What separates Allergists from other specialists: atopy and immunotherapy - Twitter summary from #ACAAI16 meeting

Dr. Hal Nelson presented on What separates Allergists from other specialists?

Allergists are not defined by an organ system. Rather we focus on 'atopy'. Coca and Cooke described Atopy in 1922 - strong hereditary component, clustering of eczema, rhinitis and asthma with positive SPT.

Pollen sensitization a risk factor for allergic rhinitis. Not so for asthma. Perennial allergen sensitization to HDM, animals is important.

House dust mite avoidance can actually reduce bronchial hyperresponsiveness (classic Davos study - moved the kids to HDM free zone) .

Because of differences of impact of seasonal vs perennial allergen sensitization, allergists become armchair Aerobiologists.

Intradermal skin testing is 1000x more sensitive than skin prick testing - is it clinically relevant though? A study showed that with positive intradermal tests (if SPT was negative) were no different than negative tests and lower/upper respiratory symptoms.

Requirements for effective immunotherapy: adequate doses of relevant allergen; attention to cross-reactivity; maintain extract potency.

SCIT effective doses established for ragweed, grass, dust mites, cat, dog, birch and Alternaria mold - of note, dog extract was changed. The RCT that established the effective dose of ragweed allergen to put in an SCIT treatment set was published in 1965!

SLIT is effective and FDA approved SLIT-T, SLIT drops are not FDA approved.

Dr. Michael Nelson presented on Allergen Immunotherapy: Current Best Practices.

Immunotherapy has been around for over 100 year now - a treatment doesn't last that long if it doesn't work.

Starting AIT - should we consider starting earlier to allow for prevention of new sensitizations, new asthma? Knowing that AIT needs to be given for at least 3-5 years to allow for disease modification means selecting the right patient to start.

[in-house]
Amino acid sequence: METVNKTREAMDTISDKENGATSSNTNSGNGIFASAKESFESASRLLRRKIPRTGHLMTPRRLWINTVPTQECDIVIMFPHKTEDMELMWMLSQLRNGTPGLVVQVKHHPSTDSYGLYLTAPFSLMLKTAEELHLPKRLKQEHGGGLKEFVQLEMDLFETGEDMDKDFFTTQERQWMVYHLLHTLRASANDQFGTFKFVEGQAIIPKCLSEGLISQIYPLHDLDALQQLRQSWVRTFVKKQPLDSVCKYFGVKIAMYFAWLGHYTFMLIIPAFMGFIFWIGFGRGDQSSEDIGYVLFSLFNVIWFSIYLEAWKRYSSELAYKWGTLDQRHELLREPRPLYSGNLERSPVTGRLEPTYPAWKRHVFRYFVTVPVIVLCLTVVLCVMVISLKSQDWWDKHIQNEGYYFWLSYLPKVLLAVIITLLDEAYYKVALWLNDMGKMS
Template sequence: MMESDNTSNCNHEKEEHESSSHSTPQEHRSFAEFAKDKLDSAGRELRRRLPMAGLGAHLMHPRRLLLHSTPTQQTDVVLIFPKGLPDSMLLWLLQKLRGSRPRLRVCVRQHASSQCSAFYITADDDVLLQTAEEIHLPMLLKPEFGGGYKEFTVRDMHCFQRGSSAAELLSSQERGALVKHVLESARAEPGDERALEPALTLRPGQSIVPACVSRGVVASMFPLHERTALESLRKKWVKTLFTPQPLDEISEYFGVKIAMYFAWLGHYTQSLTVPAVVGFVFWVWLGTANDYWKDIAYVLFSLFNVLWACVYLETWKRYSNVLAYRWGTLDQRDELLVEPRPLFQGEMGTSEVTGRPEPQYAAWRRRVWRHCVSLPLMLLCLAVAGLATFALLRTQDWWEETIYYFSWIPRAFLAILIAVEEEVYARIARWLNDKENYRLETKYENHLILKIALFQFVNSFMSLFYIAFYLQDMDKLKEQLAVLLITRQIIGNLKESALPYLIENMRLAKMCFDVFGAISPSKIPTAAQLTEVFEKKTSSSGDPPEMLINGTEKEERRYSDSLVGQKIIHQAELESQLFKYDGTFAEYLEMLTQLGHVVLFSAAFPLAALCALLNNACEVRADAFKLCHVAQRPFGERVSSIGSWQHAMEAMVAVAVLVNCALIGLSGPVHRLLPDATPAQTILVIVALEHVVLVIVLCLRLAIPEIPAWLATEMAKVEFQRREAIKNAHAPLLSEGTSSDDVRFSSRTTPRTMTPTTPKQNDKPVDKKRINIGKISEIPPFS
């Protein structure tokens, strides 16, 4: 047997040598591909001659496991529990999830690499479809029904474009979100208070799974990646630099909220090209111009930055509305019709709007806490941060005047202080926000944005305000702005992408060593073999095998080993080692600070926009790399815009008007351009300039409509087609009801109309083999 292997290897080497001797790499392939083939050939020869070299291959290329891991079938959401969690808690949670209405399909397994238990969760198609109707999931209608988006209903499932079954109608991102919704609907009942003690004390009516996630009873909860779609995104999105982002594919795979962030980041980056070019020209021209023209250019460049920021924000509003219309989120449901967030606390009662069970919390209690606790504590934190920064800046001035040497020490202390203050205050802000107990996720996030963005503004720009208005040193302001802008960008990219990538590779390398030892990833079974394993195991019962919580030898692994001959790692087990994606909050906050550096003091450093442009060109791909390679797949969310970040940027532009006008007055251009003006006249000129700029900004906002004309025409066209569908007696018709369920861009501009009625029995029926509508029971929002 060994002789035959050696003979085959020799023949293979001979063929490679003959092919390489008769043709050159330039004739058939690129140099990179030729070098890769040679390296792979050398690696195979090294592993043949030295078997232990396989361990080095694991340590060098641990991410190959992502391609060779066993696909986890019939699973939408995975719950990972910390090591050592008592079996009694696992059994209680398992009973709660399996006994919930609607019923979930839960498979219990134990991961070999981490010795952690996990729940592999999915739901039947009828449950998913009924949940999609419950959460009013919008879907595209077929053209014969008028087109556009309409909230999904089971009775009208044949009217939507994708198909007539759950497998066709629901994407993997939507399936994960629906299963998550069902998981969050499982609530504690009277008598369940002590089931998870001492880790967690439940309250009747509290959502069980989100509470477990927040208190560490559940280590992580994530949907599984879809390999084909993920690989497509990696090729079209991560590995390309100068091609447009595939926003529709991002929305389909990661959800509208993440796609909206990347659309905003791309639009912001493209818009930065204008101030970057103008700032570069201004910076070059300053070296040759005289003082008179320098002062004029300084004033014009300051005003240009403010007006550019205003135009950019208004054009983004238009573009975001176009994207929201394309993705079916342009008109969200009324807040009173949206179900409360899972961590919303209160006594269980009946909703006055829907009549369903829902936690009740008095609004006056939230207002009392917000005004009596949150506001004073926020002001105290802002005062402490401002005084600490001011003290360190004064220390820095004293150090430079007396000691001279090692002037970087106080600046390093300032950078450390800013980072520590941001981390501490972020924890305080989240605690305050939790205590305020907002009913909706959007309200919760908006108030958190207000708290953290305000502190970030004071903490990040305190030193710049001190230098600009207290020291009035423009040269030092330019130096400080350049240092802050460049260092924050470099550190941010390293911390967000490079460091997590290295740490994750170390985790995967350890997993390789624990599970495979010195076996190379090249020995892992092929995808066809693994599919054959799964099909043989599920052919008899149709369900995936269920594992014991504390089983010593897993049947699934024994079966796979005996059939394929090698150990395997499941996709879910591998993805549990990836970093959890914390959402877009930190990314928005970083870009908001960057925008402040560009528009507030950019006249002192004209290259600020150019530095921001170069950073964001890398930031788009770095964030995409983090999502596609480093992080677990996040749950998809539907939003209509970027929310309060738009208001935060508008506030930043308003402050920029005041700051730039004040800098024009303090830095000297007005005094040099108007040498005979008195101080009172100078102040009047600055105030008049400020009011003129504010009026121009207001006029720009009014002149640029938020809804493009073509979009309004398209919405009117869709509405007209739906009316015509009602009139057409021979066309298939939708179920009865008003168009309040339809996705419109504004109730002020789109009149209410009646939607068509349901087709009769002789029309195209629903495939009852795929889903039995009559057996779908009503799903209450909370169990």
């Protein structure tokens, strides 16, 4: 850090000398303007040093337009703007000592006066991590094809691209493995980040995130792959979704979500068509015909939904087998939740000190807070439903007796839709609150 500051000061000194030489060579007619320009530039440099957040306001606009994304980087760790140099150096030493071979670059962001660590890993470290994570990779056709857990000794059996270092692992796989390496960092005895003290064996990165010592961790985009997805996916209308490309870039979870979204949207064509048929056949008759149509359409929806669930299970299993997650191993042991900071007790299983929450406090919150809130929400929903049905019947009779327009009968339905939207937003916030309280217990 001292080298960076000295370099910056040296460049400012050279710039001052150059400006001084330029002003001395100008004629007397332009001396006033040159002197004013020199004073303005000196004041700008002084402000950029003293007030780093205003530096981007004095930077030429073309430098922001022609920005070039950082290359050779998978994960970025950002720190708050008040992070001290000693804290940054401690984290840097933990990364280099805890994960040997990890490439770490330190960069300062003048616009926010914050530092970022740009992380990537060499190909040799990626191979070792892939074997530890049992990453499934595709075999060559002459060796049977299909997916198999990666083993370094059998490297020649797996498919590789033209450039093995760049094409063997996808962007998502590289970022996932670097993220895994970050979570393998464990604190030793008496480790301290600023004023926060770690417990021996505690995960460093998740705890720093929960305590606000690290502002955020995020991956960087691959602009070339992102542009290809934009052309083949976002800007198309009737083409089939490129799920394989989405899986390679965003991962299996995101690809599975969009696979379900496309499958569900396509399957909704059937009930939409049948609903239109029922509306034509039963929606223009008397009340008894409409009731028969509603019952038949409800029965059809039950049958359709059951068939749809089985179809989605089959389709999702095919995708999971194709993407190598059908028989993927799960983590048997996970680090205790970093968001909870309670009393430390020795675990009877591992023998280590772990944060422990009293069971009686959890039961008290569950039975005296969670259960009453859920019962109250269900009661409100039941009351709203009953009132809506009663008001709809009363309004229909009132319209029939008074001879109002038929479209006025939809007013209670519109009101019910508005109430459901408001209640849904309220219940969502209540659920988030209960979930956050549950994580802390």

Best practice is to have a trial off immunotherapy after 5 years - yes, some will recur but many will not, not a reason to do lifelong AIT.

@choirdoc: Biggest surprise in my career was learning how resistant many patients are to stopping IT.

The Payne and Nelson study of AIT prescriptions within DOD database showed only a 50% refill in AIT after 1st year of therapy.

Early and complete patient education leads to enhanced patient selection and adherence - route, procedures, AEs, duration, adherence importance.

The AIT practice parameter published in JACI 2011 shows probable effective doses for both standardized and nonstandardized US extracts.

We need to separate extracts with proteolytic enzyme activities from other extracts. Don't mix molds with pollens - need 2 vials.

This is a Twitter summary from #ACAAI16 meeting. The post is a part of series. See the rest here: http://allergynotes.blogspot.com/search/label/#ACAAI16

Several allergists did a great job posting updates on Twitter from the 2016 meeting of ACAAI, the hashtag was #ACAAI16. I used the website Symplur to review the tweets:



Presentation handouts are available from the ACAAI website: http://annualmeeting.acaai.org/session_presentations.cfm

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